Nordstrom Inc reported on Thursday that its sales and profits fell in its fiscal second quarter, joining its department store peers as they grapple with shoppers’ cautious spending.
But its results still topped Wall Street’s expectations. The upscale Seattle-based department store confirmed its annual financial forecast calling for lower sales for the year.
After initially rallying, its stock is down nearly 5% in aftermarket trading Thursday.
Nordstrom’s sales were affected by the timing of the company’s anniversary sale, with one week entering the third quarter this year compared to one day in 2022. Moreover, last year’s results included a quarter of all sales from its Canadian operations, which the company fell in June this year.
Nordstrom reported net income of $137 million, or 84 cents per share, for the quarter ended July 29. That compared to $126 million, or 77 cents a share, in the same period last year.
Total sales fell 7.9% to $3.77 billion from $4.09 billion in the quarter.
Analysts had expected 45 cents per share on $3.67 billion, according to FactSet.
Nordstrom said it has seen improvement in several areas. For example, both children’s and men’s clothing performed better than average in both Nordstrom and Nordstrom Rack stores. Women’s clothing has improved sequentially since the first quarter. The chain said inventories were down 18% from a year ago.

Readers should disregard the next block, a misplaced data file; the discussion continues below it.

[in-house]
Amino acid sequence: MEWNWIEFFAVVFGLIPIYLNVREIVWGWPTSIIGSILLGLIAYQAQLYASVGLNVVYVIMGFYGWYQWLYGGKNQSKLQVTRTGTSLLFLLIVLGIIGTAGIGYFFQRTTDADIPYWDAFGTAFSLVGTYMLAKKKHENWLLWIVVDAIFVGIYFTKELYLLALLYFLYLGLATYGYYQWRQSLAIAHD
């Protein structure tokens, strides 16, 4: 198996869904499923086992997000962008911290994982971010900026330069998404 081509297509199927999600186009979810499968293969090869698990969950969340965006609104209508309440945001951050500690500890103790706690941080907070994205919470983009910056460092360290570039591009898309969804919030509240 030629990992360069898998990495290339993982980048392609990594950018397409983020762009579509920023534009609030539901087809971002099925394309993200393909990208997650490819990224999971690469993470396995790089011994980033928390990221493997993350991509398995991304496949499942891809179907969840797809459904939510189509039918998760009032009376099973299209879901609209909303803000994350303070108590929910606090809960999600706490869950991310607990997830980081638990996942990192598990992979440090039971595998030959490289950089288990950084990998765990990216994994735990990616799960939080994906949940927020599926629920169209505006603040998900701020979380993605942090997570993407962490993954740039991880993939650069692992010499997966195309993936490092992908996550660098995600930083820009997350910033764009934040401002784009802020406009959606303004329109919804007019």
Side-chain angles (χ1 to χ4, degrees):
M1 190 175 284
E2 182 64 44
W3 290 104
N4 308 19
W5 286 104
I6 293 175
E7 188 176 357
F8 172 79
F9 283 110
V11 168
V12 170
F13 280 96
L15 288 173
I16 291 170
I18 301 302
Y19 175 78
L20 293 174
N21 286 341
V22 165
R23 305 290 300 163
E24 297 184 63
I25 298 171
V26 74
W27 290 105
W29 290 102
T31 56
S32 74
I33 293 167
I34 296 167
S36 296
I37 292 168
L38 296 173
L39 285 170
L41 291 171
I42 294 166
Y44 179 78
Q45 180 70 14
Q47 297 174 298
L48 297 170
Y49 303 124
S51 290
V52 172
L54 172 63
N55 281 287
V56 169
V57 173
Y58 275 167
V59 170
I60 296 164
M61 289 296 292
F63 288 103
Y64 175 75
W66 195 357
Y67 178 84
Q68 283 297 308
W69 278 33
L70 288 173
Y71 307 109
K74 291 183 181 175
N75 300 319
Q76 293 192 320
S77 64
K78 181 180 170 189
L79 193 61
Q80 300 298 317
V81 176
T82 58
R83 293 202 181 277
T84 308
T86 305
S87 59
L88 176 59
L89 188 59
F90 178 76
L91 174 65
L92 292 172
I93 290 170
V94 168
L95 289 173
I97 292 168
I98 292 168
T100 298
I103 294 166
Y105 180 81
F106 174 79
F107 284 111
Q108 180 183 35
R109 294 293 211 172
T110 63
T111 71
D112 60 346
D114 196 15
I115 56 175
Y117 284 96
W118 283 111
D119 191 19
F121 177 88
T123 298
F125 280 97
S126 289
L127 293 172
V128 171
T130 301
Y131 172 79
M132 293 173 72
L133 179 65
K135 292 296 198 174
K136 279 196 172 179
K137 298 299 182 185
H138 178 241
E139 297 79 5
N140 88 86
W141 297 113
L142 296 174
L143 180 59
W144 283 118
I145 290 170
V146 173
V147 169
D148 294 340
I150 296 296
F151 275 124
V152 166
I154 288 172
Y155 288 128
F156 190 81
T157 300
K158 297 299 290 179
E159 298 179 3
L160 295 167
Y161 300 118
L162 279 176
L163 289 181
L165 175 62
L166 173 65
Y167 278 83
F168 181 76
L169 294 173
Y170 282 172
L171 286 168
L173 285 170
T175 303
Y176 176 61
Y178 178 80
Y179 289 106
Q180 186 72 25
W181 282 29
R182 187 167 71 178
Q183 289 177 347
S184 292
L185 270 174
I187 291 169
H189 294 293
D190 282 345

Nordstrom said it expects revenue to fall between 4% to 6% for this year compared to last year. It also expects earnings per share to be in the range of $1.80 per share to $2.20 per share for the year, excluding fees related to winding down its operations in Canada. Analysts expect $1.98 per share, according to FactSet.
Its results follow those of Kohl’s, which announced Wednesday that profits fell nearly 60% due to weak second-quarter sales. Macy’s said Tuesday it had to discount its spring merchandise to make room for fall and holiday merchandise in the face of weak customer spending.
The reports come as shoppers are still dealing with rising inflation and rising interest rates that are making it more expensive to get a car or home loan or take on credit card debt.
Macy’s also noted a faster-than-expected rise in credit card delinquencies, pointing to more financial pressures on shoppers in the second half of the year. Many stores point to uncertainty about the end of the student loan suspension period, which for once offered college students a little more financial breathing room.
Meanwhile, Gap, which operates stores under the same name as well as Banana Republic, Old Navy and Athleta, on Thursday reported earnings from last year’s loss despite an 8% drop in sales. The results were lower than Wall Street estimates.
The San Francisco-based company — which has been mired in sales distress for years and just appointed former Mattel executive Richard Dixon as its new chief executive — has seen declines across all of its brands.
Gap estimates that third-quarter net sales could fall in the low double-digit range. For this year, the company said it expects net sales to fall in the mid-single-digit range compared to a year earlier.
Gap stocks were little changed in aftermarket trading.